Salutations! Having spent a week doing too little revision for too long and watching Capra films, I realised with a jolt that I had not posted since last Monday and, since I did not wish to do the whole Monday-Monday (whoops! I have not posted for a week) thing, I felt I should post this sooner than I otherwise intended to. Anyway, the caffeine and bruise on my head is keeping me awake so I came to the conclusion that posting would be a more valuable use of my time than surfing BBC iPlayer or Youtube in order to find a random video or programme that I would be happy to watch until I felt ready to curl up into a ball and sleep.
I am here to present those of you who do not know to Guy Bourdin. Photographer - one of the greatest fashion photographer's of all time.
Guy Bourdin was born in Paris on the 2nd December 1928. When his parents separated, and his mother left approximately a year after giving birth to him, he went to live in Normandy with his paternal grandparents who owned a brasserie. When his Father remarried, he moved back in with his father, stepmother and stepsiblings. By all accounts, he only met his mother once and his only abiding memory was of a sophisticated parisian woman, with pale skin and red hair, an image that was recurring in many of his photos. Abandonment became a personal and professional motif. At the age of eighteen he went on a tour of Provence and met Lucien Henry, an art dealer. He stayed with Lucien for six months where he seriously applied himself to drawing and painting and initially decided to become an artist. When it was time for his military service he ended up in Dakar as an aerial photographer in the Air Force.
After his military service he returned to Paris. He still drew and painted and started taking pictures for himself. He was influenced by Surrealism and of all the Surrealists. His greatest influence was Man Ray (a notable work is the Violon d'Ingres) with whom he became friends. Man Ray even wrote the catalogue text to Bourdin's first exhibition in 1952.
It was two years later that, at the age of twenty-seven, he was offered a job at French Vogue. His debut was four pages of hats. One of the pictures featured a woman standing below three skinned calves' heads. It was a statement that marked out the direction of his style as a photographer.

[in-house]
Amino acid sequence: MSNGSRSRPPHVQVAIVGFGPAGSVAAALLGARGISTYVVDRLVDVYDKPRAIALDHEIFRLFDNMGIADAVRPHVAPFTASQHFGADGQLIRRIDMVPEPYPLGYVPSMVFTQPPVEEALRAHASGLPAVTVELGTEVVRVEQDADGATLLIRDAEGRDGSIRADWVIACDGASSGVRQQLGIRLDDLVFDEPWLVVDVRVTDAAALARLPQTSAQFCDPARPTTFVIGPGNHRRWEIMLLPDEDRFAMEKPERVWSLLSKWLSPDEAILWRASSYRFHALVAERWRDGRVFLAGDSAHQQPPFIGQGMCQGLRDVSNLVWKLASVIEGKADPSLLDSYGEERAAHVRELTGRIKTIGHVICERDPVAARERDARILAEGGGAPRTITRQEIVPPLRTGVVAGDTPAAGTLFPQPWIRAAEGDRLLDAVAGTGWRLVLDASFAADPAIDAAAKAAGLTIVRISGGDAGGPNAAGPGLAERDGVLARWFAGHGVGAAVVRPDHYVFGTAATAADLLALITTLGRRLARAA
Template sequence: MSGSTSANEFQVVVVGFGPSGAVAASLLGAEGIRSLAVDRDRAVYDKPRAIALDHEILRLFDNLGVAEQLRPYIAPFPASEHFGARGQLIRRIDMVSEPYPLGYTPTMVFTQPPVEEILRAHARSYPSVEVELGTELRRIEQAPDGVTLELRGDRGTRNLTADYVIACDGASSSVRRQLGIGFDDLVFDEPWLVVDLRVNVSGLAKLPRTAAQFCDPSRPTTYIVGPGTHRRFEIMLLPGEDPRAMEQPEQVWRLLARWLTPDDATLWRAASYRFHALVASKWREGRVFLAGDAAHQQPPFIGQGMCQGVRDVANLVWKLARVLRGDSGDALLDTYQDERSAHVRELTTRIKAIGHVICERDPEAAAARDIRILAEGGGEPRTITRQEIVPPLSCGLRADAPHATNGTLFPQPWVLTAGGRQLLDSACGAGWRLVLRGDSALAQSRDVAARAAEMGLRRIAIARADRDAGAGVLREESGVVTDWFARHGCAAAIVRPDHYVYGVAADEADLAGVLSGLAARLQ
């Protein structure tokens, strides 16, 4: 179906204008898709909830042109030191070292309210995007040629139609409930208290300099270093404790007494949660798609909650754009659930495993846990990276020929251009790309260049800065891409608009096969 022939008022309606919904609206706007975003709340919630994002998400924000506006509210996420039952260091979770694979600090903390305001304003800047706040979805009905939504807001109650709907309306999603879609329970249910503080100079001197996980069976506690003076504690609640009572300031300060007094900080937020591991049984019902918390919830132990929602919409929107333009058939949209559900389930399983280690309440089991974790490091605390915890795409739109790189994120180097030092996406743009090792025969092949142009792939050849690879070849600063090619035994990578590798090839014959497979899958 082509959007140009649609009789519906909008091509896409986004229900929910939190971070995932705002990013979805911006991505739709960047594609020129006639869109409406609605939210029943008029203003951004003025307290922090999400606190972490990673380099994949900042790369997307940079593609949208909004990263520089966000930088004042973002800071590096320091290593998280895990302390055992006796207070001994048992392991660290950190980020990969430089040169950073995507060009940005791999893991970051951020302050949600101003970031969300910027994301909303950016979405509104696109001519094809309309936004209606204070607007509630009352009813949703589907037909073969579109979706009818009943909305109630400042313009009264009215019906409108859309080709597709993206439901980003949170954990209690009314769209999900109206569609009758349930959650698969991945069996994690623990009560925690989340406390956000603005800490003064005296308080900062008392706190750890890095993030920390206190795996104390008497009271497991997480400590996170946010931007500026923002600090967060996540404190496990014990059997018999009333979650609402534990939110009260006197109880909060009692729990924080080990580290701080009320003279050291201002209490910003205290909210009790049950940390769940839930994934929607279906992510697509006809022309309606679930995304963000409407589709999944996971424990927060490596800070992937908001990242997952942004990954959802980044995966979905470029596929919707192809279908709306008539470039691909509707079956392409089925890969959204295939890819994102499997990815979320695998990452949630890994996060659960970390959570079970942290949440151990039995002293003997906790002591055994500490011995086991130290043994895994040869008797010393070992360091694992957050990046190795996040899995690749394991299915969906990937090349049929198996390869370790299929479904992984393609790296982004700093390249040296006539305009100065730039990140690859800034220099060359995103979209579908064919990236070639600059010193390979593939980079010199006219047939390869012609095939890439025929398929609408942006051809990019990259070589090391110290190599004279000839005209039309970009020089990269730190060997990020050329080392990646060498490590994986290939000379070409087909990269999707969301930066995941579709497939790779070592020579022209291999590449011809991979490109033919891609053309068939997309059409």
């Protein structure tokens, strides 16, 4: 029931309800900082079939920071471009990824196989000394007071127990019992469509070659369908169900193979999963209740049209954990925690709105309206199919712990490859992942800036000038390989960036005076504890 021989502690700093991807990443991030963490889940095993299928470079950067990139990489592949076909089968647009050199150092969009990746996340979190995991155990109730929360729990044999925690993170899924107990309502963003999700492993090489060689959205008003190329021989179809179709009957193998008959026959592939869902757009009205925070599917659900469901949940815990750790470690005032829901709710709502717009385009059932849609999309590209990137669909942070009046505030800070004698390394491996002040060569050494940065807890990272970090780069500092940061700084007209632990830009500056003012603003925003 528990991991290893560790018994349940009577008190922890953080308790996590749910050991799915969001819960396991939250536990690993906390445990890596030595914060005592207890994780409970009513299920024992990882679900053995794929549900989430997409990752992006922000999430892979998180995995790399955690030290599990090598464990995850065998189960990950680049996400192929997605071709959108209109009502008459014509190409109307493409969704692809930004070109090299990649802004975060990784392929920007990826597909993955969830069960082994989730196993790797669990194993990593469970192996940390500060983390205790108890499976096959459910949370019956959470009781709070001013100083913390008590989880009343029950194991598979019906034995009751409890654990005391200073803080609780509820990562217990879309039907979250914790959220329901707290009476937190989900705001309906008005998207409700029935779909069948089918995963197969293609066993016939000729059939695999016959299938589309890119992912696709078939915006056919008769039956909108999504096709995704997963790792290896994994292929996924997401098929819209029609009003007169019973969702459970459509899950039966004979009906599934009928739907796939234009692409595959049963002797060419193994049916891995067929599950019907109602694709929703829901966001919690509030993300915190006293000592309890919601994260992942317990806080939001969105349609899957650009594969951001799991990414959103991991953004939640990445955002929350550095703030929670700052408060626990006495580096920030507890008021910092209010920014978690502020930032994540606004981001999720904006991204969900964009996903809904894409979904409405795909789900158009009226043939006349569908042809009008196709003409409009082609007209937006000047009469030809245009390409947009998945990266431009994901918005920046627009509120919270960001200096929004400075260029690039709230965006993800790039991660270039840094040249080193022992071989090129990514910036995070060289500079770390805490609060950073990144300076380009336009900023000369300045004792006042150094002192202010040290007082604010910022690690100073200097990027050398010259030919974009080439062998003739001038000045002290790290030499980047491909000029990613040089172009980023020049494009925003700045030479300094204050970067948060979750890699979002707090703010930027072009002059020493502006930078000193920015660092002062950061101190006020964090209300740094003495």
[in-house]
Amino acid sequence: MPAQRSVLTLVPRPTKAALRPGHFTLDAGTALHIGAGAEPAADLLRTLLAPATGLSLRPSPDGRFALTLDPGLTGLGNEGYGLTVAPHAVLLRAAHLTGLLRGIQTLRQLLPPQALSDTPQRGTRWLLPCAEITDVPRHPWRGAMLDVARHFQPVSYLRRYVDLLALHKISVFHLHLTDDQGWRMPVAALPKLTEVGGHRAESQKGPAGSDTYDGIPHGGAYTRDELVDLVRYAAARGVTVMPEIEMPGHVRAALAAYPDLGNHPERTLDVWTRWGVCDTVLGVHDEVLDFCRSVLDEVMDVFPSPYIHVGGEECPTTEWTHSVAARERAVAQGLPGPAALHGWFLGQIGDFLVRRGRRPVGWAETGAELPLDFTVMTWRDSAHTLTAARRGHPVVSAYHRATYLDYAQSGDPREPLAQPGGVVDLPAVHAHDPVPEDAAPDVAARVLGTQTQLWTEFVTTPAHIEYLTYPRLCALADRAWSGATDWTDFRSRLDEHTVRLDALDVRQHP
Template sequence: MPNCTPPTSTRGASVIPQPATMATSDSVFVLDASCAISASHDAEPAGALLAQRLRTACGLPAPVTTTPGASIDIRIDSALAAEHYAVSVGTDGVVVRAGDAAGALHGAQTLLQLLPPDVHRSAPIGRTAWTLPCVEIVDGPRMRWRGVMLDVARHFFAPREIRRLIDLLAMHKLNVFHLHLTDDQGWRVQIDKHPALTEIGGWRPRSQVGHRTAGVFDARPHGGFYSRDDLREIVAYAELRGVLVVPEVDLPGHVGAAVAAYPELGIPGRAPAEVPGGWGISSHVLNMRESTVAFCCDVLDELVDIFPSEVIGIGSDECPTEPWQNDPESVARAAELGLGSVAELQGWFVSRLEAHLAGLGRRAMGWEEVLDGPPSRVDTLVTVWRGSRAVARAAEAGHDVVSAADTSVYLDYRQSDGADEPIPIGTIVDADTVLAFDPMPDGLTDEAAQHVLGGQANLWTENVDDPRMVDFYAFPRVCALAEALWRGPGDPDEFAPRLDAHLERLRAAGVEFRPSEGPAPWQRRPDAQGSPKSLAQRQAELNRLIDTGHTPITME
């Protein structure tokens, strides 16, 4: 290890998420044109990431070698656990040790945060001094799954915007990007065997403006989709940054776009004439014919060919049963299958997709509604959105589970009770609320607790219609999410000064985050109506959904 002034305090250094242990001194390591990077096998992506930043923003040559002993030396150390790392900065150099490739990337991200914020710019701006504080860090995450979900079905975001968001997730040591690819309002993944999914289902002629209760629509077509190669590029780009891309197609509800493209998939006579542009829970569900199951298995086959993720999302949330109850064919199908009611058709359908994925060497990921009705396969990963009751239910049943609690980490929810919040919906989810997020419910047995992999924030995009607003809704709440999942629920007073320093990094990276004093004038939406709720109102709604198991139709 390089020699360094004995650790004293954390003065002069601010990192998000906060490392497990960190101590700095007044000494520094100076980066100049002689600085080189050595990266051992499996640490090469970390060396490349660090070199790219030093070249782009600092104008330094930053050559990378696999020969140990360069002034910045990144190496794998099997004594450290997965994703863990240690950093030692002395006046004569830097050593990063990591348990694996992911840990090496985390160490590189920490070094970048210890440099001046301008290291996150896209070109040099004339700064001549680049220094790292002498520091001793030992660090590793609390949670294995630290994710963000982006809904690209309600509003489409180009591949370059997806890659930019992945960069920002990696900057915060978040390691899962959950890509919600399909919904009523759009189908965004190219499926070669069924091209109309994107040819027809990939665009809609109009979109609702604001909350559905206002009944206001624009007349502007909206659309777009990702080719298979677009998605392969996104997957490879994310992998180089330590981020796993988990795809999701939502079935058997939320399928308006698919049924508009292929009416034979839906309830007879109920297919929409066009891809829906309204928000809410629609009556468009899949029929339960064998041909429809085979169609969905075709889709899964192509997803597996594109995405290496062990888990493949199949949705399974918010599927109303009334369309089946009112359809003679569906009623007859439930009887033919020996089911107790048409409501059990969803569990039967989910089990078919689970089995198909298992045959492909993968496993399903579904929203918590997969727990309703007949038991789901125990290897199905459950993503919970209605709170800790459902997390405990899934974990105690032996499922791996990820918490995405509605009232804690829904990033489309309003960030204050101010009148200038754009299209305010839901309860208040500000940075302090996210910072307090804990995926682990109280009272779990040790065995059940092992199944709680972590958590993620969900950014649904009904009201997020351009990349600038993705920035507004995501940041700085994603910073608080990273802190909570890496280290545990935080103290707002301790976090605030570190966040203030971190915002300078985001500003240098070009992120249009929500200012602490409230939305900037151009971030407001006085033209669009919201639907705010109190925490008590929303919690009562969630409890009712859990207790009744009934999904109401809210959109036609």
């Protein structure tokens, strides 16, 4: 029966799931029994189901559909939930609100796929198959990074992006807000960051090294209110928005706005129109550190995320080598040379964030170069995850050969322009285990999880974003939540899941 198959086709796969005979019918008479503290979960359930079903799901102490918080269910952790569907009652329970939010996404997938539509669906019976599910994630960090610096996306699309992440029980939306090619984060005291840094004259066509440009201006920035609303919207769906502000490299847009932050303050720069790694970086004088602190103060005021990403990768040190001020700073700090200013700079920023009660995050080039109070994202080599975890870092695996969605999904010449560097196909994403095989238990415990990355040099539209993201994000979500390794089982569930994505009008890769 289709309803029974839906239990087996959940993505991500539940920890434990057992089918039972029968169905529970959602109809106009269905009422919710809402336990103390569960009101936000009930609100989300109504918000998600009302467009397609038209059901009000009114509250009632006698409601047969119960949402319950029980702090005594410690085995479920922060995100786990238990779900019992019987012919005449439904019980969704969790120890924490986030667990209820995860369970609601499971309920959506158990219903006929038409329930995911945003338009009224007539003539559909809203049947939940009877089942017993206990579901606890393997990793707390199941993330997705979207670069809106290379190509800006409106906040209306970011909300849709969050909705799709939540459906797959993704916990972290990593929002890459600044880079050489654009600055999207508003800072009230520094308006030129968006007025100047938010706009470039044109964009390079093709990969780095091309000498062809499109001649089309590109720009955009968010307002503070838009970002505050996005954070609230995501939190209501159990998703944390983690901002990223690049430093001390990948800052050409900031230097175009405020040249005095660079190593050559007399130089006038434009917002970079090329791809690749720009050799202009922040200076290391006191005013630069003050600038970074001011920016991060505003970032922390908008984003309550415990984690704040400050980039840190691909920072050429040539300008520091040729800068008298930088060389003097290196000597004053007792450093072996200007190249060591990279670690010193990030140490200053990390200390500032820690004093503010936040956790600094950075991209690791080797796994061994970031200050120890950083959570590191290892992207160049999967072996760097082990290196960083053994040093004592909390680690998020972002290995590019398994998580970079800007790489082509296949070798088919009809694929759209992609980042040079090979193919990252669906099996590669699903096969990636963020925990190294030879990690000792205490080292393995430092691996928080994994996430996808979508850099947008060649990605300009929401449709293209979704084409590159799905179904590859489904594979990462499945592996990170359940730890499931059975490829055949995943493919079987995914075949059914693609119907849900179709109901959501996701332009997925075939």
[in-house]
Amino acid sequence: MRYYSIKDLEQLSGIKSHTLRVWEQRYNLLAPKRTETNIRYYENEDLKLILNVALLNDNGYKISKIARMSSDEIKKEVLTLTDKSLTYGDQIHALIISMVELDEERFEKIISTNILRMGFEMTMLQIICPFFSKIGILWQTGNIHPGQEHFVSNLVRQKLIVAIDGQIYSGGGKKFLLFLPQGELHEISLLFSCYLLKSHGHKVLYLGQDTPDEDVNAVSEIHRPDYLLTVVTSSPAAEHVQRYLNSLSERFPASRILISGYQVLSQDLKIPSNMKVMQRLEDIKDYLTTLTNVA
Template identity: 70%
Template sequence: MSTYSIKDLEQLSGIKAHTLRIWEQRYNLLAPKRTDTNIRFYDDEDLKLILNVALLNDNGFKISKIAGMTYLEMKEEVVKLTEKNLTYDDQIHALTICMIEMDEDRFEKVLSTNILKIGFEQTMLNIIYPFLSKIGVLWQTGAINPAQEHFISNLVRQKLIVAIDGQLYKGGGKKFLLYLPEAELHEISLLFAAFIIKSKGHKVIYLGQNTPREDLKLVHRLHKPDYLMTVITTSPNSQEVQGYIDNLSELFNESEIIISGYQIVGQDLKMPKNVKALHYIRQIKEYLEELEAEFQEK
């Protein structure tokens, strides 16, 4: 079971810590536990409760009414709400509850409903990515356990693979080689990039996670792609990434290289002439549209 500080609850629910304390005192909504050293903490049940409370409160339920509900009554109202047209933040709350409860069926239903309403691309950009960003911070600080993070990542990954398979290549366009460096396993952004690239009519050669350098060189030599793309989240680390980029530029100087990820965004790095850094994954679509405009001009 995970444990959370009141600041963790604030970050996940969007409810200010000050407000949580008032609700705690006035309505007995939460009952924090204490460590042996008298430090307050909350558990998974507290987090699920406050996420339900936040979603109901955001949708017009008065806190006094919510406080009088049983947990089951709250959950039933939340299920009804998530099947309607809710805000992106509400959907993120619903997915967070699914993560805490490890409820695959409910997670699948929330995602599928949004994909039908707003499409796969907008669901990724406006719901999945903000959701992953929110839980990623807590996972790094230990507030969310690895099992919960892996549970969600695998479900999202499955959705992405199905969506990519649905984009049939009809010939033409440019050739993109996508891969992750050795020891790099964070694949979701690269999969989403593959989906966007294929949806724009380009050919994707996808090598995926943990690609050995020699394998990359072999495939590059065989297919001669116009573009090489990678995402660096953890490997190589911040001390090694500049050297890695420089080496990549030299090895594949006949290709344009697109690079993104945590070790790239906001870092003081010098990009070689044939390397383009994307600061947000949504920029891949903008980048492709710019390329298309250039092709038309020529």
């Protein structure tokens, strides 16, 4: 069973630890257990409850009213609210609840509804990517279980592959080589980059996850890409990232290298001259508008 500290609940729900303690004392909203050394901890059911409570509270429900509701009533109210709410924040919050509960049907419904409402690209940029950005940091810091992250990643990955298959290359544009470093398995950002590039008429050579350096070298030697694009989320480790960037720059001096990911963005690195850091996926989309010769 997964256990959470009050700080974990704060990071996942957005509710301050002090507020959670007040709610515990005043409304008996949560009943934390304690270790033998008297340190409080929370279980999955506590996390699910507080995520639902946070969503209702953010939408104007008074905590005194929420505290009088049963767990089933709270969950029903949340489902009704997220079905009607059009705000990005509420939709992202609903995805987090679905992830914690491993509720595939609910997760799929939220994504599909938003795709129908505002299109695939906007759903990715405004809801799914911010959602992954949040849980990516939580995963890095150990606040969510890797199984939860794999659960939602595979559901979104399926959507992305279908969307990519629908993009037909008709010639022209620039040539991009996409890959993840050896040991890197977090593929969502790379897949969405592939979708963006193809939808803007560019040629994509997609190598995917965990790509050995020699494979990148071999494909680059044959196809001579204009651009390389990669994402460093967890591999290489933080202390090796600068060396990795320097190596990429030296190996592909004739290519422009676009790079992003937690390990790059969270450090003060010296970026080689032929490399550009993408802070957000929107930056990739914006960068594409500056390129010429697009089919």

He was best known for his work for French Vogue from the mid fifties to the mid eighties.... and it was typically dark, theatrical and even disturbing. In fact, I'm going to set this straight, to a relatively innocent 1970s audience, some of it was perversely shocking (for general appearance in a Fashion Magazine) and much of it was macabre. Guy Bourdin's advertisement for Charles Jourdan shoes showed the chalked outline of a woman on an apparently blood spattered pavement, her gorgeous red shoes and red sunglasses abandoned near where her body had fallen. A lot of the darker pictures that Bourdin did take were never even published. One such unpublished photograph, taken in 1978, showed a naked woman draped across a desk, her throat cut, surrounded by blood. So yes, there is something more than a little strange about his obsession with death and desire. People have called him a misogynistic puppet master, which is perfectly fair considering - Guy Bourdin was a short man with an apparently whiny voice, and had a reputation of being incredibly demanding. Dark rumours (which were not really rumours, more unpleasant truths) surrounded him: his mother abandoning him as an infant, the suicides of his wife and two of his girlfriends, and the cruelty in which he treated his models.
Whatever can be said about Guy as a person, (and obviously, a lot of controversial things could easily be said) his photos are incredibly striking and incredibly recognisable. He shattered taboos (though I think the made-up ten year old is still something rather disturbing to anybody)
In many ways he was like Warhol and Hitchcock, using photography in a more psychological way and using the personal understanding of an outsider looking in.
He died of Cancer in 1991.
In 2003, Madonna's music video for Hollywood (which I have posted here, purely for the purpose of illustrating my point than any great love of this song) was greatly influenced by the photography of Bourdin, so much so that a lawsuit was brought on against her by Bourdin's son for copyright infringement.
Anyway, thank you for reading - if you did indeed read, and did not simply glance up and down the pictures. Please comment and feel free to follow (Really. Do so.)
I should be back with something lighter next time because, after a post in which I listed forms of human sacrifice then this one, in which I discussed someone who very much thought of himself as 'un poete damne' whose emotional pain was self-inflicted, I think something lighter would clear the air.